The Trump administration is reportedly terminating the provisional residency permits of around 200,000 Salvadorans.
The Salvadorans affected by the decision were granted temporary protected status after earthquakes caused serious damage in El Salvador in 2001, according to The Washington Post.
The administration said the Salvadorans granted TPS would now have until Sept. 9, 2019 to leave the U.S. or obtain legal residency through another method.
According to the Department of Homeland Security officials, the decision was based on improved conditions in El Salvador since the 2001 quakes.
"Based on on careful consideration of available information, including recommendations received as part of an inter-agency consultation process, the Secretary determined that the original conditions caused by the 2001 earthquakes no longer exist,” read a statement from DHS. “Thus, under the applicable statute, the current TPS designation must be terminated."
"Schools and hospitals damaged by the earthquakes have been reconstructed and repaired, homes have been rebuilt, and money has been provided for water and sanitation and to repair earthquake-damaged roads and other infrastructure," said the DHS, reports the Los Angeles Times. "The substantial disruption of living conditions caused by the earthquake no longer exist."
Immigration advocates spoke out against the decision, saying that sending such a large number of people back to El Salvador could be destabilizing, and noting the country's epidemic of gang violence.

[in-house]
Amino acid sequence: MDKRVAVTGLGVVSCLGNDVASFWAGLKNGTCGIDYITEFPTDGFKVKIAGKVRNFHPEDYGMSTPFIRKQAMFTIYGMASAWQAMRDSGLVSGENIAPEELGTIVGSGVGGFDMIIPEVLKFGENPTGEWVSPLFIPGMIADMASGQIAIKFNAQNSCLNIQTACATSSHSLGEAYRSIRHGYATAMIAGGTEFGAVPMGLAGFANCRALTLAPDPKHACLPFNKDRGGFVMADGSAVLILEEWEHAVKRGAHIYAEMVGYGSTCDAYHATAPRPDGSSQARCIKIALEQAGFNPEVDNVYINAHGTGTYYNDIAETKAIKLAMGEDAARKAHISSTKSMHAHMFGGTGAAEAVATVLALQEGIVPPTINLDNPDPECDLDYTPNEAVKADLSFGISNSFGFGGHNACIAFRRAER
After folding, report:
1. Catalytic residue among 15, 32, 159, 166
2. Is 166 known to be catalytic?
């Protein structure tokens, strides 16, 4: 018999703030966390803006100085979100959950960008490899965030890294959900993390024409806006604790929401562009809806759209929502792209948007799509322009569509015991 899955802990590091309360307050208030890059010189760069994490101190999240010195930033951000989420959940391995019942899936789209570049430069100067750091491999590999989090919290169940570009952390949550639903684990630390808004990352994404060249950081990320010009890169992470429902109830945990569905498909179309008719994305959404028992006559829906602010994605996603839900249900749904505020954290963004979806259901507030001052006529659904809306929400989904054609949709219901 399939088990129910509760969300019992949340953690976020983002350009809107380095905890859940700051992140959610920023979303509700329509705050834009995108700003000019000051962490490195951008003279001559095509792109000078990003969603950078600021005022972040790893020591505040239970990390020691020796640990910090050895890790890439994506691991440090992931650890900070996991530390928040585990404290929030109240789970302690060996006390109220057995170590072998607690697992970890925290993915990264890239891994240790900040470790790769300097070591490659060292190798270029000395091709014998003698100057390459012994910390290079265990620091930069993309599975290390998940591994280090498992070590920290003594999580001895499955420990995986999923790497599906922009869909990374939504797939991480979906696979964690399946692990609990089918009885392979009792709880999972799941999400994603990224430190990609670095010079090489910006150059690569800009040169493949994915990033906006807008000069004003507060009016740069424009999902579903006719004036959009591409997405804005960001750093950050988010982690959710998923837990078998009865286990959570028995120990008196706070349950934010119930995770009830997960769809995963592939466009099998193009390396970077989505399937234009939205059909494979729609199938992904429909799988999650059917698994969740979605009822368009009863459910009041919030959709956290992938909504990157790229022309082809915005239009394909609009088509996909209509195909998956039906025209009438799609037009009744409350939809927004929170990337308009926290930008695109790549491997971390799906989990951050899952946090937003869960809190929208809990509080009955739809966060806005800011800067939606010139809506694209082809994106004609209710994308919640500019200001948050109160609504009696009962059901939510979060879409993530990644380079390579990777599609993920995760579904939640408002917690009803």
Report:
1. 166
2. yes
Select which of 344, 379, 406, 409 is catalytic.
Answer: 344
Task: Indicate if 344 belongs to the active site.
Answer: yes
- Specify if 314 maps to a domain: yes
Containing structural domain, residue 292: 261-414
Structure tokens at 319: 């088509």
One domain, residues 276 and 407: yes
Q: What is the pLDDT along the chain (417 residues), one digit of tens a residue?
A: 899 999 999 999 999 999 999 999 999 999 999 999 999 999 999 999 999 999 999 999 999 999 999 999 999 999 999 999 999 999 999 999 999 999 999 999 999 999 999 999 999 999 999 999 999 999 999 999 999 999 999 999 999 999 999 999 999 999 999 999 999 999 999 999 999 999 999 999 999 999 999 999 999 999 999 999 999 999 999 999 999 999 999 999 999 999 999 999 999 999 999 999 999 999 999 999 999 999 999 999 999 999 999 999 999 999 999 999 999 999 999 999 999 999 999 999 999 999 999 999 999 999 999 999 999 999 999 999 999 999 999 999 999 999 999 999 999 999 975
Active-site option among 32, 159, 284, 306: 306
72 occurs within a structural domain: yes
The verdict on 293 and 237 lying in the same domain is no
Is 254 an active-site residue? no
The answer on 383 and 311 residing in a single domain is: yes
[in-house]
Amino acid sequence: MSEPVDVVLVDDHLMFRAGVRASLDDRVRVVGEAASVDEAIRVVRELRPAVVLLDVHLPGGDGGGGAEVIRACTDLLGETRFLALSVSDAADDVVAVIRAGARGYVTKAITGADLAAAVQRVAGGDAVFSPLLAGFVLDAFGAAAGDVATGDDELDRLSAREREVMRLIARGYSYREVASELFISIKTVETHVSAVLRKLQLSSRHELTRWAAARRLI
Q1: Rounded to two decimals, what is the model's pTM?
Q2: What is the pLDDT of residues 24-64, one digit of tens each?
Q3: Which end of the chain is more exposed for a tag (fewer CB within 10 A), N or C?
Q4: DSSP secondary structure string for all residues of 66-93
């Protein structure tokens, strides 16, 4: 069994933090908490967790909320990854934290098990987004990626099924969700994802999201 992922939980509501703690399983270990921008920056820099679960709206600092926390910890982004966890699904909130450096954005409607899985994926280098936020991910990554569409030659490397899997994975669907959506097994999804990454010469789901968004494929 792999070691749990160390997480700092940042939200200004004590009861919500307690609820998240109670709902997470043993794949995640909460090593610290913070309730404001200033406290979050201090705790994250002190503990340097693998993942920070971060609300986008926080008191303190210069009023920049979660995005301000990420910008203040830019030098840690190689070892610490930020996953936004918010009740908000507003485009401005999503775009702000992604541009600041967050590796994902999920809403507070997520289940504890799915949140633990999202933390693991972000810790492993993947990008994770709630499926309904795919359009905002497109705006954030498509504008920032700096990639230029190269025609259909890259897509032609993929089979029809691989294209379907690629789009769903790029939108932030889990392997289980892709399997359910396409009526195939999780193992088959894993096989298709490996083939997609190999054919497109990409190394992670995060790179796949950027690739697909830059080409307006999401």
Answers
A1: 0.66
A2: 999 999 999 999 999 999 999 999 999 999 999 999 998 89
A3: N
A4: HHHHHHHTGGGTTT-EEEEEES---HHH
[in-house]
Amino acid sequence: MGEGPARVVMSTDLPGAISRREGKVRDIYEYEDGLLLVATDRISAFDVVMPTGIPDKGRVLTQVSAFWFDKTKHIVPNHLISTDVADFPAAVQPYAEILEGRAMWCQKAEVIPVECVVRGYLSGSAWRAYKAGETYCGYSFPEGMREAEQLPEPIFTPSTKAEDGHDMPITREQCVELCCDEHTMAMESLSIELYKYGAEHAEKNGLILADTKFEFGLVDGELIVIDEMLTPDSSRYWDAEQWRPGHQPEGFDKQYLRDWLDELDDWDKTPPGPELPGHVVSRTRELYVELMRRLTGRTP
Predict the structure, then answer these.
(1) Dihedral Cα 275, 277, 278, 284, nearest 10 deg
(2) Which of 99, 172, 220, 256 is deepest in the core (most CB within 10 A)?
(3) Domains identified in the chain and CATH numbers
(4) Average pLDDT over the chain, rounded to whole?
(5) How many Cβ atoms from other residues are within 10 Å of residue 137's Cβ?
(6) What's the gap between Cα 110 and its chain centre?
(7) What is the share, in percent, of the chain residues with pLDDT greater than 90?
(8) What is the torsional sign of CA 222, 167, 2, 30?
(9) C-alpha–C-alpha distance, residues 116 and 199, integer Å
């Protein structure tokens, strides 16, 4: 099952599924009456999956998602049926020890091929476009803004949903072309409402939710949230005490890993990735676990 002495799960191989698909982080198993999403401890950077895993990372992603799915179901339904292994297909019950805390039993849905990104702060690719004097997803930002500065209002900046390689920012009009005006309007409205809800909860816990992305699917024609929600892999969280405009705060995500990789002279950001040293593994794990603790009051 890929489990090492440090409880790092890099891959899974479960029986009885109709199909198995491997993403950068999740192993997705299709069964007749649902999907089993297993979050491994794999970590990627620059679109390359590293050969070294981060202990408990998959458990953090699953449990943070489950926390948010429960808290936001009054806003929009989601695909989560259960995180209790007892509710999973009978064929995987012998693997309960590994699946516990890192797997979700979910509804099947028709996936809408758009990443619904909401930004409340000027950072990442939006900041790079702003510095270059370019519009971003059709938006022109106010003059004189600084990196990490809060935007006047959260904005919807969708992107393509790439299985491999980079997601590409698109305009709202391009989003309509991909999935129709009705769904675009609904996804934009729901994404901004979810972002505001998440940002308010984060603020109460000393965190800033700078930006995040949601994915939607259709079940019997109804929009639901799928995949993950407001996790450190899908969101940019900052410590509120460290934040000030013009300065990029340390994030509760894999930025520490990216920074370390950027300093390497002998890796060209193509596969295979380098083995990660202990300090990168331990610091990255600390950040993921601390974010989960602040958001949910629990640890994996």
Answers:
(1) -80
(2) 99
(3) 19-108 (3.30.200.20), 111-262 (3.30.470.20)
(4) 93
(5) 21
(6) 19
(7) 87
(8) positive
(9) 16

Others have raised concerns about U.S.-born children of Salvadorans who were granted TPS, estimated to number about 190,000. Those families must now decide whether to take their children to El Salvador, break up their families or stay in the U.S. illegally to stay together.
"The United States has yet again turned its back on its promise to provide refuge for those who face violence and persecution in their home countries," said Alianza Americas Director Oscar Chacon, who works for immigrant rights.
"Our government is complicit in breaking up families," Chacon added.
According to statistics from the Center for Migration Studies, 10 percent of the Salvadoran TPS recipients are married to U.S. citizens, and 88 percent of them are part of the work force in the U.S., BBC reports.
Democratic Rep. Jim McGovern of Massachusetts, who helped write the law granting temporary status to Salvadorans, called the administration's decision "a shameful and cynical move to punish these innocent families just to score political points with the extreme right wing Republican base."
The Salvadoran government had also urged the U.S. to extend TPS protections. El Salvador Foreign Minister Hugo Martinez said before the decision was announced that ending TPS "would mean breaking up families that are in the U.S."
Martinez added that because the U.S. grants citizenship to those who are born in the U.S., almost 200,000 young U.S. citizens would have parents who would face deportation.